Creationism and Church Attendance

It turns out that Young Earth Creationists are still around, at least according to some Christianity Today figures. This should not come as a surprise to anyone, really, since many churches still teach Young Earth theories over and against the multitude of scientists who would say such beliefs are utter nonsense.

So that you do not try to figure out exactly what I believe from my inevitable bias, I’ll say it outright: I land in the Young Earth Creationist camp, but loosely so. If it were accepted by the Church at large and by the majority of pastors, or I were presented with a particularly strong and convincing case without many counter-points, my faith in a powerful and sovereign God would not be damaged. The reason I haven’t spent much time seeking out information on the subject is twofold: I am not a scientist, and, the ancient origins of the Earth reside in God, whether 6000 years ago, 4.54 billion years, or any other figure that someone may postulate.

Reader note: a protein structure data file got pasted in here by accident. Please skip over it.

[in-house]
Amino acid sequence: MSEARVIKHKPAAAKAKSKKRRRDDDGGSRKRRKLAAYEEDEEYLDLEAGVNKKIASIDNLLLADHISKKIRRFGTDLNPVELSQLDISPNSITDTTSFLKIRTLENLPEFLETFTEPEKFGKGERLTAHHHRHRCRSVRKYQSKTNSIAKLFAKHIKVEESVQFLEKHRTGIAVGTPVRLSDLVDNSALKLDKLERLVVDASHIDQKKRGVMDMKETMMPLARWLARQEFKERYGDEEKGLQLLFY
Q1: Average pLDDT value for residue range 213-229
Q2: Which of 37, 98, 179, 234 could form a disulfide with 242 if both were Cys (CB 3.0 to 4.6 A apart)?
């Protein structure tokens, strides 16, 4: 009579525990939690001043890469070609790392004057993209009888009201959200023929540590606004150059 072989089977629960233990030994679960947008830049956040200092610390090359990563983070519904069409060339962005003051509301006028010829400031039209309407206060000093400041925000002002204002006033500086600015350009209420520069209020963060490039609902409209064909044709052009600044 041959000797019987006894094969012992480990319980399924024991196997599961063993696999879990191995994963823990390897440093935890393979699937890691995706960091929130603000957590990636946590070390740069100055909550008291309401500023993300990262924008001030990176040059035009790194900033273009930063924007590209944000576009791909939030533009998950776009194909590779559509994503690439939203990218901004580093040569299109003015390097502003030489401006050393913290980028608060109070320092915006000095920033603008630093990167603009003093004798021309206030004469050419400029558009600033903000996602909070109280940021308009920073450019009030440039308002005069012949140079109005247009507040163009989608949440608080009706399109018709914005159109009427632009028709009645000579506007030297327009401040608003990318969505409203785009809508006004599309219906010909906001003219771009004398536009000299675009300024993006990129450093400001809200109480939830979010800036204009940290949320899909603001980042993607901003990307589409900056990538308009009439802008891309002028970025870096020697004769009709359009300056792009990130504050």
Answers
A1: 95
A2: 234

But this Young Earth position is, apparently, driving people out of the Church. So argues Karl Giberson, Ph.D over at the Huffington Post. The reason given for people leaving the Church, at least when it comes to science, is that the Church is viewed as “antagonistic to science.” One example that Giberson brings up is that of apologist Ken Ham, who encourages children and students to ask the question “Were you there?” when presented with any statement detailing the past. The standard, as Giberson rightly points out, is pretty insane. After all, the answer will always be no. But if I say that Jesus died on the cross, or even that George Washington was the first president of the United States of America, then I will also be forced to answer that “No, I was not there.” This sort of standard–where personal experience is the only reliable justification for knowledge–is destructive to nearly all knowledge. No piece of news would be trustworthy, nor would any person be able to communicate their knowledge to you in a way where you could pass it on. The buck stops after just one transition, since direct experience would no longer exist.